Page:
“The gender pay issue is a critical concern, but what about moves to ensure ethnicity and disability reporting, for instance?  

“In the UK, businesses with more than 250 employees need to report the gender pay gap. In fact, some of my clients report before this 250 employee threshold, and also report on ethnicity pay and even sometimes disability pay.  

“This kind of business behaviour must become the norm rather than the province of just a few forward-thinking businesses.” 


Current UK pay gap reporting does not go far enough

Tim Grimes, co-founder of flexible job platform WorkYourWay, said: “Although the UK mandatory pay gap reporting has been in force since 2017, it simply hasn't done enough to drive true nationwide and organisational change.  

“Eight out of 10 firms in the UK are still paying their male employees more than women, which shows that very little progress has been made in closing the gender pay gap.  

“The EU's new pay transparency directive shifts the balance of power from the employer to the employee, and gives individuals the right to request information about their individual salary level; something the UK needs to implement.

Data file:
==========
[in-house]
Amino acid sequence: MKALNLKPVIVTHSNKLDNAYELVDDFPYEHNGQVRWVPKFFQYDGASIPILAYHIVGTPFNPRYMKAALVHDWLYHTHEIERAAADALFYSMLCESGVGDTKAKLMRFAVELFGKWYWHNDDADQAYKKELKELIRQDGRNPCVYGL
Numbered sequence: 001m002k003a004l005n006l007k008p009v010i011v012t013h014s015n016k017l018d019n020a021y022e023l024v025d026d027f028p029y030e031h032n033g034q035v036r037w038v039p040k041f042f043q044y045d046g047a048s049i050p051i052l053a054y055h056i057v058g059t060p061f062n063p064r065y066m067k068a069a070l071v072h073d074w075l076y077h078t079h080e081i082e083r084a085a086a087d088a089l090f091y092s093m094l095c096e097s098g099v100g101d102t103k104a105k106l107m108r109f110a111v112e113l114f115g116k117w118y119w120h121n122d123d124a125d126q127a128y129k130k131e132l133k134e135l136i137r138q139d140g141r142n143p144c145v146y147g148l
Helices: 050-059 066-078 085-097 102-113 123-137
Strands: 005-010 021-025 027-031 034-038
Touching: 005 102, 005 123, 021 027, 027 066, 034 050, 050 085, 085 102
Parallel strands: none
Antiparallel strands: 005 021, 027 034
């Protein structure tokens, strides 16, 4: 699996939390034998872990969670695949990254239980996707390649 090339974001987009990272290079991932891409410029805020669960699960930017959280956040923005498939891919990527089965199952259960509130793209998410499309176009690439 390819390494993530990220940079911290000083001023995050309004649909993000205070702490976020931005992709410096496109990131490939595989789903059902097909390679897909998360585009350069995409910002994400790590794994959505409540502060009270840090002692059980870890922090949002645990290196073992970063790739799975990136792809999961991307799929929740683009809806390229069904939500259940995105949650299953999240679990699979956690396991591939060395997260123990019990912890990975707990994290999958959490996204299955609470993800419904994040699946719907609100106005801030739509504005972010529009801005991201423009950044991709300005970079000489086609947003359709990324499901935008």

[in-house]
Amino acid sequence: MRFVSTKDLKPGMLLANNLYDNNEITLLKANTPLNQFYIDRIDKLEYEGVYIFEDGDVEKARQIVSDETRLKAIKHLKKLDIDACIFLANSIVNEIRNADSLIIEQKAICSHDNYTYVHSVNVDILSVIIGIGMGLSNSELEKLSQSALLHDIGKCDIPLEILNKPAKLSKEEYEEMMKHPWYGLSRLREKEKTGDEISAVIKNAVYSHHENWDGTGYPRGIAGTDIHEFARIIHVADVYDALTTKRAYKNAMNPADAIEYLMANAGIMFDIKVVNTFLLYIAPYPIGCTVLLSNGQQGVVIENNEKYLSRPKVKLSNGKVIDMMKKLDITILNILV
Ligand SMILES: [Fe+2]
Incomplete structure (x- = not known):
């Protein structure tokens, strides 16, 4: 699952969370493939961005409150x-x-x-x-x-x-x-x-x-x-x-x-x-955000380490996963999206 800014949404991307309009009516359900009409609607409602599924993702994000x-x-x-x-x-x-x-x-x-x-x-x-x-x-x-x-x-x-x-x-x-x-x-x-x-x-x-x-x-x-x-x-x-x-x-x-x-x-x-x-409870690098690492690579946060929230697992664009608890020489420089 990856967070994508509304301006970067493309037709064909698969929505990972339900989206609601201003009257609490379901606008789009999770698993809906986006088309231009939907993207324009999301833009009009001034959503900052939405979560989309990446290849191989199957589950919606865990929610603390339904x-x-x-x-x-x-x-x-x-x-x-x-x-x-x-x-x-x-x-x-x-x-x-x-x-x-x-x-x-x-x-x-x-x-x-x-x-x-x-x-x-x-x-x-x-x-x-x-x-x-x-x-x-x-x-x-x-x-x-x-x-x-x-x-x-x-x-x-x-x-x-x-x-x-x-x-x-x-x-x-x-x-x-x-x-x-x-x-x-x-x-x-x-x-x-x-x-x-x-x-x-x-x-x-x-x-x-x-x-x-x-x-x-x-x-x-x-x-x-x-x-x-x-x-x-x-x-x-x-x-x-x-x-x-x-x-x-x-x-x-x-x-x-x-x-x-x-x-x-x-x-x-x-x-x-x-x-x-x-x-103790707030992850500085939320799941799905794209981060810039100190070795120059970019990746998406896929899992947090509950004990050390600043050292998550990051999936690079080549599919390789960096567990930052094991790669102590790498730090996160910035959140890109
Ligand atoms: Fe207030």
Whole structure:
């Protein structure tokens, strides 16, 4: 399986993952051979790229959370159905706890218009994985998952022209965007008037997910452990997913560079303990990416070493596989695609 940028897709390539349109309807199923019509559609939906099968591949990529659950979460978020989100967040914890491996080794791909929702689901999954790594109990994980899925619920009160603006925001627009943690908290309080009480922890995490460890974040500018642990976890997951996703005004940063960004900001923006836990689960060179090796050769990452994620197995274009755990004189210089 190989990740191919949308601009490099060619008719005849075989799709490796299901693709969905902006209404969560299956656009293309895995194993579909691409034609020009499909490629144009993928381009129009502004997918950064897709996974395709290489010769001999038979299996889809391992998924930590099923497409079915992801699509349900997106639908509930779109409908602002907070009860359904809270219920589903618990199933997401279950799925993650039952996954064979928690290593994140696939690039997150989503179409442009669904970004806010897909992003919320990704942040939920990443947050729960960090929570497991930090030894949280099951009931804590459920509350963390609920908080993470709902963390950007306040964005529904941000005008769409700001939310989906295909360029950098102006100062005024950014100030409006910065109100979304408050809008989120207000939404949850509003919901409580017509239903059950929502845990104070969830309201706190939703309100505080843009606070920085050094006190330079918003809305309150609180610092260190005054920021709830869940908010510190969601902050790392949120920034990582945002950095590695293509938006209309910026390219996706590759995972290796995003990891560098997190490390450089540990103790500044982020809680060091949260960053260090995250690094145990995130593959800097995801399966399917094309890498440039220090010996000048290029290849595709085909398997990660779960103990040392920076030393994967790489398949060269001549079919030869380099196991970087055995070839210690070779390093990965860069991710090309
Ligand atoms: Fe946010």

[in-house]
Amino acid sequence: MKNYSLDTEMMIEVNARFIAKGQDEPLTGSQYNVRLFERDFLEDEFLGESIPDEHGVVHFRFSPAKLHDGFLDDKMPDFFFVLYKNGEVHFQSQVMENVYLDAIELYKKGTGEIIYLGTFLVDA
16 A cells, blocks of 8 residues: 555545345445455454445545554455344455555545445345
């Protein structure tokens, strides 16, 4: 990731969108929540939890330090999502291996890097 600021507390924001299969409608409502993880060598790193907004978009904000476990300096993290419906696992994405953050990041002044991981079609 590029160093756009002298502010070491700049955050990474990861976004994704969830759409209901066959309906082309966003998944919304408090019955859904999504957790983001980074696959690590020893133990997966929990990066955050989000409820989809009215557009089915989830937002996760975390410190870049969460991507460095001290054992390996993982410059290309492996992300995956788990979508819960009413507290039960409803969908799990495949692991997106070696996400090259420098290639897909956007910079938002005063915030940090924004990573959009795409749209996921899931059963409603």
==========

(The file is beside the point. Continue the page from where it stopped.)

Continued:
“Transparency at an employee level would bring about more upfront accountability and could force companies to match salaries or risk losing staff.  

“To really drive home equality at work, however, we must go one step further and ensure all organisations list salaries on job descriptions if we truly want to tackle the gender pay gap. 

“We know women are much less likely to apply for a role without a salary being shown, and yet only 60% of jobs disclose it. Transparency from the get-go would be a huge step forwards.” 


Companies need to be held more accountable 

Alison Wilde, co-founder of people transformation consultancy Birdsoup, said: “The gender pay gap is increasing, not closing, which is all the evidence we need to know that current reporting isn't making any difference whatsoever.  

“There are no mandated action plans, no follow-up and no enforcement that follows the reporting.  

“Given how much of a flop this has been to date, there's no clear suggestion that salary transparency will make any significant difference either; unless we start to hold companies accountable, there's little point in just having the data.  

“Having salary transparency in job adverts, on the other hand, would go a long way to getting to the heart of the issue.  

“An upfront salary attached to any job sets the bar on the role vs the person, and we know that women are less likely to negotiate on salary, so this would be a big step forward here.  

“The only downfall could be putting women off applying for the role in the first place if the salary feels disjointed to their perceived worth. Companies should look closely at the wording and language in job adverts to be as gender inclusive as possible to overcome this barrier to entry.”